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From: Gerda Bikales (e-mail her)
A letter I recently received had a Los Angeles postmark but no return address. It was sent to me informally, by my first and family name – no Mrs., Ms., or Miss. The handwriting was regular and precise, if somewhat childish.
When I opened the envelope, I found a folded newspaper page to which a yellow post-it had been affixed in the same neat handwriting: "Gerda," it read, "you must see this!" Signed "J."
I mentally reviewed my Los Angeles contacts without identifying a "J." The full page ad had a screaming headline: "Learn How to Profit From the Trillion-Dollars in Government Bailout Programs!"
The newspaper in which the ad appeared was dated June 3, 2009. Curiously, the publication's name didn't appear anywhere.
I read on: "There's NEW Money Available... We'll show you How to Get it! ... You'll learn how you can DIRECTLY benefit from TARP, the 'Troubled Asset Relief Program.'"
Just in case the reader has qualms about jumping on the gravy train to bilk the U.S. government, the National Grants Conferences takes care to assuage such feelings: "This money comes from the Government Grant, Loan, and Subsidy system – and it's essentially YOUR money. It comes from YOUR taxes, and it may be available to you as Opportunity Money."
Furthermore, it is our patriotic duty to grab the money: "The Government knows that by helping you achieve your dreams and realize success, you will be a solid taxpaying citizen, helping to further stimulate the economy..."
So, there you have it, the new patriotism: snap up the public's money and spend it. There is no further requirement.
At free "conferences" offered in various locations in the New York area, the National Grants Center will teach you how to go about it. There are plenty of testimonials along with underexposed blurry photographs from folks who attended one of these and have supposedly been amply rewarded.
Lakesha Clark came away with a down payment of $15,000 on a nice home. "I don't have to pay the $15,000 back" she tells us.
Bob Willman received $110,000 to buy equipment for his business. "The money is free. We don't have to pay it back."
Dave Morgan hit the jackpot. He was awarded $1.3 million for his business, and in his words "the greatest thing is that we don't have to pay any of it back!"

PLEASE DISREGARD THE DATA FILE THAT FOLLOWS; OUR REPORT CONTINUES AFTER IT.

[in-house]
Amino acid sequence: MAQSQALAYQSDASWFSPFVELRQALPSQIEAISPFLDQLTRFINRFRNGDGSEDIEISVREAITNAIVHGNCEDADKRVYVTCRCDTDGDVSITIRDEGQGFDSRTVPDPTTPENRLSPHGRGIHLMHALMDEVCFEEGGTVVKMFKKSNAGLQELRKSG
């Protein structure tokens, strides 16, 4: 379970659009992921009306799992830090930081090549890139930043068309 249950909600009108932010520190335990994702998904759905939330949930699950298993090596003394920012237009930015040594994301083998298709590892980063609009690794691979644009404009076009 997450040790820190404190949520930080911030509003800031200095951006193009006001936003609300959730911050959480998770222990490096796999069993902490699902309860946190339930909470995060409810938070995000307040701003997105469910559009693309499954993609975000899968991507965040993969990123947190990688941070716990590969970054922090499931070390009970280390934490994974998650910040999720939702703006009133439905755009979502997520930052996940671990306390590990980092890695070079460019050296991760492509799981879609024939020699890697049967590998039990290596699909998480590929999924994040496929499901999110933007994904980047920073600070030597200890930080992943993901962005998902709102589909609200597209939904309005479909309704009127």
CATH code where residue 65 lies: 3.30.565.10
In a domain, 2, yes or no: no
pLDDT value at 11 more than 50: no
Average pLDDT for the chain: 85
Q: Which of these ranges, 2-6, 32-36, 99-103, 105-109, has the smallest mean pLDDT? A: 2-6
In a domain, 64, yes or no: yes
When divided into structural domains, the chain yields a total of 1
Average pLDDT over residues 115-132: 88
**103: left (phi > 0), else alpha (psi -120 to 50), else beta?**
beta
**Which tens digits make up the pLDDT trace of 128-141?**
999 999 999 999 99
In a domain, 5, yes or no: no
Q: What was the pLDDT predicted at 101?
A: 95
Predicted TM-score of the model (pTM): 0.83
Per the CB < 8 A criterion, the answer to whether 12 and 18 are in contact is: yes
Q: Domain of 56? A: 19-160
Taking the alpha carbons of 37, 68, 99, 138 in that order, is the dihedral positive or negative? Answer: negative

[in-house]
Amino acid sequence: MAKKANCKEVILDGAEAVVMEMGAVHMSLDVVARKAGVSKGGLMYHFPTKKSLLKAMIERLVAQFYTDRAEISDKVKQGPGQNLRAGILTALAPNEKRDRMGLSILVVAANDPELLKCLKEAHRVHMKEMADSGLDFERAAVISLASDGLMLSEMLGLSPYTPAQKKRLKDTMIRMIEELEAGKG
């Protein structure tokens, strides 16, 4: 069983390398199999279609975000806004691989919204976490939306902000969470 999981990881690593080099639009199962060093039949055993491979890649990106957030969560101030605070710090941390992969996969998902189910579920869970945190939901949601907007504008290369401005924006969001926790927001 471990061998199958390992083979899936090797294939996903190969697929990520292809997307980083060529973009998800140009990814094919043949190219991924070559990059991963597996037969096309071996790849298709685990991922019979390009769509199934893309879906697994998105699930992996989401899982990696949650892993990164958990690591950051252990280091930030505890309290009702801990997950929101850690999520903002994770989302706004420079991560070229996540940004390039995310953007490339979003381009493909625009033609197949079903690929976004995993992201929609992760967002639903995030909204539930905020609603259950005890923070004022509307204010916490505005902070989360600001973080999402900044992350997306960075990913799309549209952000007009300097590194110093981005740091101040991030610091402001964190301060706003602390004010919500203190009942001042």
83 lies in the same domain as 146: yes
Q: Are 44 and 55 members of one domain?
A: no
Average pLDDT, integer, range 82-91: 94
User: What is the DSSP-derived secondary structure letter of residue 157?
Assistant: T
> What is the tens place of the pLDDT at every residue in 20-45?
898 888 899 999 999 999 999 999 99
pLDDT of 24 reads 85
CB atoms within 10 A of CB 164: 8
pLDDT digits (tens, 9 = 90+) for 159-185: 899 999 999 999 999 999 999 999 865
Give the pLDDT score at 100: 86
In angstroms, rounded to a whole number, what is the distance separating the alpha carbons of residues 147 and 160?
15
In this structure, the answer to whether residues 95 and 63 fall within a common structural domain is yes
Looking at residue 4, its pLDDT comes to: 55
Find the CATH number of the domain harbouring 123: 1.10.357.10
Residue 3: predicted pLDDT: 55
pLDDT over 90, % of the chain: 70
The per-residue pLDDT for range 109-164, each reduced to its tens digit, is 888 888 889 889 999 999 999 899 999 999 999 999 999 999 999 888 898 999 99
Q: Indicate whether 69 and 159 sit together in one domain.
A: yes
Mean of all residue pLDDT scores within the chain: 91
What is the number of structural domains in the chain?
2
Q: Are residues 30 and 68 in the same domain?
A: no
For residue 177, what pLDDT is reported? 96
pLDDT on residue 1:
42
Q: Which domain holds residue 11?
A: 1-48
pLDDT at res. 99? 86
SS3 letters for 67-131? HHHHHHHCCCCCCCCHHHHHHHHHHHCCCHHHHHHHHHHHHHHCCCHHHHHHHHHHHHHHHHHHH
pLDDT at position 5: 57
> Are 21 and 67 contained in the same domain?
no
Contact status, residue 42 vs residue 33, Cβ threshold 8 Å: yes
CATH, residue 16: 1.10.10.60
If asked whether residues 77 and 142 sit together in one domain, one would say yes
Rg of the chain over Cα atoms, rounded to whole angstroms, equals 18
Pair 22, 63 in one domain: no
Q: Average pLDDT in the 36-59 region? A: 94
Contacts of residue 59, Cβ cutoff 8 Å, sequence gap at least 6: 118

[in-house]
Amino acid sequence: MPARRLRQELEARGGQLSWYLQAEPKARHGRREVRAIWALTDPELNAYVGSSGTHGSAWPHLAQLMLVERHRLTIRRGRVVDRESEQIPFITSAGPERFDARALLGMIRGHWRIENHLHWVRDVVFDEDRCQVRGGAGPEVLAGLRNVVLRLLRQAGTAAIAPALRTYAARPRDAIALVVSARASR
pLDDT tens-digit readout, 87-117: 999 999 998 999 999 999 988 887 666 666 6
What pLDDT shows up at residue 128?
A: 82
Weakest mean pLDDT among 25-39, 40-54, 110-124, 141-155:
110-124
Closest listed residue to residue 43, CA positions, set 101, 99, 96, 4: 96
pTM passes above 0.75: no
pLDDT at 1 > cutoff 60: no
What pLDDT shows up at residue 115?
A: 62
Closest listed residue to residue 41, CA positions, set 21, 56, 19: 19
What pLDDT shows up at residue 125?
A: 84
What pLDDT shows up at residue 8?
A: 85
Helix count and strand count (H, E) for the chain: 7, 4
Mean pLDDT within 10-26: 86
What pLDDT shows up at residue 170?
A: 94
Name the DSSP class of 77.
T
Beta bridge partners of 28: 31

It took a while but eventually it dawned on me that the whole package was a direct mail come-on, brilliantly executed with the attention-getting post-it from my old friend "J." (VDARE.COM note: the real National Grants Conference explains the scam here.)
At first, I had been flattered that someone had thought me civic-minded enough to be repulsed by the message, but my sentiment changed to embarrassment when I realized that my name had somehow landed on a list of people believed likely to seek profit from our country's unprecedented economic crisis. How did that happen?
The folks at the National Grants Conference are wrong about me.
I am not tempted to enroll in their "free" conference series. A few disgruntled would-be profiteers who have posted their experiences with the National Grants Conference organization on the Internet describe the operation as a high pressure sales pitch for a $999 course on how to nail the money. After forking over their tuition payment, the hapless buyers' calls for help were ignored.
It would seem that if this money-grubbing scheme does not deliver as advertised, it is time to call on our government to investigate for deceptive advertising.
And if indeed it does deliver on its preposterous claim, behooves us to complain to Congress and TARP about this outright abuse of the economic stimulus legislation.
Bikales is one of the original founders of the Federation for American Immigration Reform, served as the first Executive Editor of U.S. English and as a founding director of ProEnglish. She has also contributed to The Social Contract.